Justices question teen’s LWOP sentence at oral arguments

In Indiana, only five juveniles have been sentenced to life without parole. Now, the fate of the fifth juvenile rests with the justices of the Indiana Supreme Court, who must decide whether the teen’s act of shooting and killing another 17-year-old rises to a level of offense that warrants spending the rest of his life behind bars.

In a direct LWOP appeal to the state’s highest court, the case of Carltez Jamall Taylor v. State of Indiana, 82S00-1610-LW-00576 was heard by the justices on Tuesday. The case came to the court after Carltez Taylor, a then-17-year-old, shot and killed another teenager, J.W., after lying in wait for him on a street corner. A jury in Vanderburgh Circuit Court recommended a life without parole sentence for Taylor, but his counsel now challenges that sentence, telling the court LWOP sentences should be reserved for only the most heinous of juvenile crimes.

To illustrate that point, Matthew McGovern, Taylor’s counsel, pointed the justices to the case of Conley v. State, 972 N.E.2d 864 (Ind. 2012), in which the Supreme Court upheld juvenile Andrew Conley’s LWOP sentence for killing his younger brother, but only because the crime constituted an “unimaginable horror.” The court in Conley noted the death of the victim was not a “nearly-instantaneous death by a bullet,” but rather was a drawn-out process. Here, however, J.W. died within five minutes of being shot, so McGovern said his client’s conduct did not rise to the same level of heinousness as the defendant in Conley.

But Kelly Loy, counsel for the state, presented a different view of J.W.’s murder, one in which Taylor coerced J.W.’s girlfriend into bringing him to the scene unarmed, then waited several minutes around a dark corner before emerging into the street and opening fire. While Loy did concede the circumstances in Conley were more gruesome than those in Taylor’s case, she said the level of premeditation Taylor exhibited in the hours leading up to the fatal shooting rise to the level of an appropriate LWOP sentence.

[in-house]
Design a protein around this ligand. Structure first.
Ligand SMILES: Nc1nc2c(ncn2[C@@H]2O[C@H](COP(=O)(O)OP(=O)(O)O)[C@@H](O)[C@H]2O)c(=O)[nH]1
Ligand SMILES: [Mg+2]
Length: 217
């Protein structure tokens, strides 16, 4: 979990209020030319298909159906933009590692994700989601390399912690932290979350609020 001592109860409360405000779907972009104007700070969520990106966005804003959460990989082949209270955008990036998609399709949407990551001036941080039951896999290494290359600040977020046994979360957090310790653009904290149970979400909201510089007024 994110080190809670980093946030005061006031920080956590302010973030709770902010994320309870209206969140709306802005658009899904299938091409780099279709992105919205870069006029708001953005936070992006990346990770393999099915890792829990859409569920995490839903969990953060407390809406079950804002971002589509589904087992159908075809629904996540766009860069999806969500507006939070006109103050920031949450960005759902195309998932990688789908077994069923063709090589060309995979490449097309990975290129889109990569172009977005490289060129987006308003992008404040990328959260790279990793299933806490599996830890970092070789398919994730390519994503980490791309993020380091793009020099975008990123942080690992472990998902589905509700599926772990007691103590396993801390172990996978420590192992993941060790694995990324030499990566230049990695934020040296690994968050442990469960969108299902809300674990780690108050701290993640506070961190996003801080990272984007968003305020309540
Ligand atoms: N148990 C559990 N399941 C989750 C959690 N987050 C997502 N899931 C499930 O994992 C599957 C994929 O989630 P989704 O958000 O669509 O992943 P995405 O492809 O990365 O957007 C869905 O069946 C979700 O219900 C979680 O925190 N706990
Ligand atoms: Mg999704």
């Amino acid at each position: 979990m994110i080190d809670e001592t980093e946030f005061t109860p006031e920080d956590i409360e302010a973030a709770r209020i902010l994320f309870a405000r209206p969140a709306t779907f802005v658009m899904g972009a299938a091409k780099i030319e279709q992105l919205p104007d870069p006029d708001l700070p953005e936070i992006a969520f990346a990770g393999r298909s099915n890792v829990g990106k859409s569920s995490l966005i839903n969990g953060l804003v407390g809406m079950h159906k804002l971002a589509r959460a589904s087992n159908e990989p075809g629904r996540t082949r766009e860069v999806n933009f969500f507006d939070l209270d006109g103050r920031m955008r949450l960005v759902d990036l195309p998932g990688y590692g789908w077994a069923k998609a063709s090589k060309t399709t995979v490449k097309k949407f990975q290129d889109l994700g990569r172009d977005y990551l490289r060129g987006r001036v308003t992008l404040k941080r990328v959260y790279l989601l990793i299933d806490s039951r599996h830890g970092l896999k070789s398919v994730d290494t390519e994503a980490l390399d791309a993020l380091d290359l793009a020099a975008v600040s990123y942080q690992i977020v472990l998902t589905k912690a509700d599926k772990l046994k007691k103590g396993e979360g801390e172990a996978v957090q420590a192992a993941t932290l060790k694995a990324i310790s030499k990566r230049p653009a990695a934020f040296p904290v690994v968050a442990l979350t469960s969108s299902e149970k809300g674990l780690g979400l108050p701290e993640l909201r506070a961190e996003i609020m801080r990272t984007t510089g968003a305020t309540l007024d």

However, Justice Mark Massa noted that in Roper v. Simmons, 543 U.S. 551, 125 S. Ct. 1183 (2005), the Supreme Court of the United States ruled the death penalty was unconstitutional when applied to juvenile defendants. Considering the fact that a life sentence is essentially a “death sentence” for Taylor, who will never be released from prison if relief is not granted, Massa asked Loy why the Roper holding should not be applied to the instant case.

According to Loy, “death is different,” and although Indiana’s capital punishment and LWOP statutes are the same, the same logic does not necessarily apply to the two types of sentences. Chief Justice Loretta Rush then wanted to know what about Taylor made him so “irredeemable” so as to have no hope for a rehabilitated future, and Loy once against pointed to the perceived premeditation of J.W.’s murder, as well as Taylor’s growing criminal history.

McGovern, however, said Loy was trying to view Taylor’s actions through the lens of an adult, not a juvenile. At 17 years old, juveniles may not be able to fully process the consequences of their actions, McGovern said, so it would be unfair to impose an adult’s thought process on Taylor’s case.

McGovern also urged the court to provide Taylor relief on the grounds that the jury did not return a special verdict form indicating the appropriate LWOP aggravating factor had been found. Such a form is required under Indiana law, he said, and the failure to return the form constitutes a Sixth Amendment due process violation. Loy, however, said although the special form was not returned, the jury properly considered the case and was properly instructed.

Full oral arguments in the case are available here.

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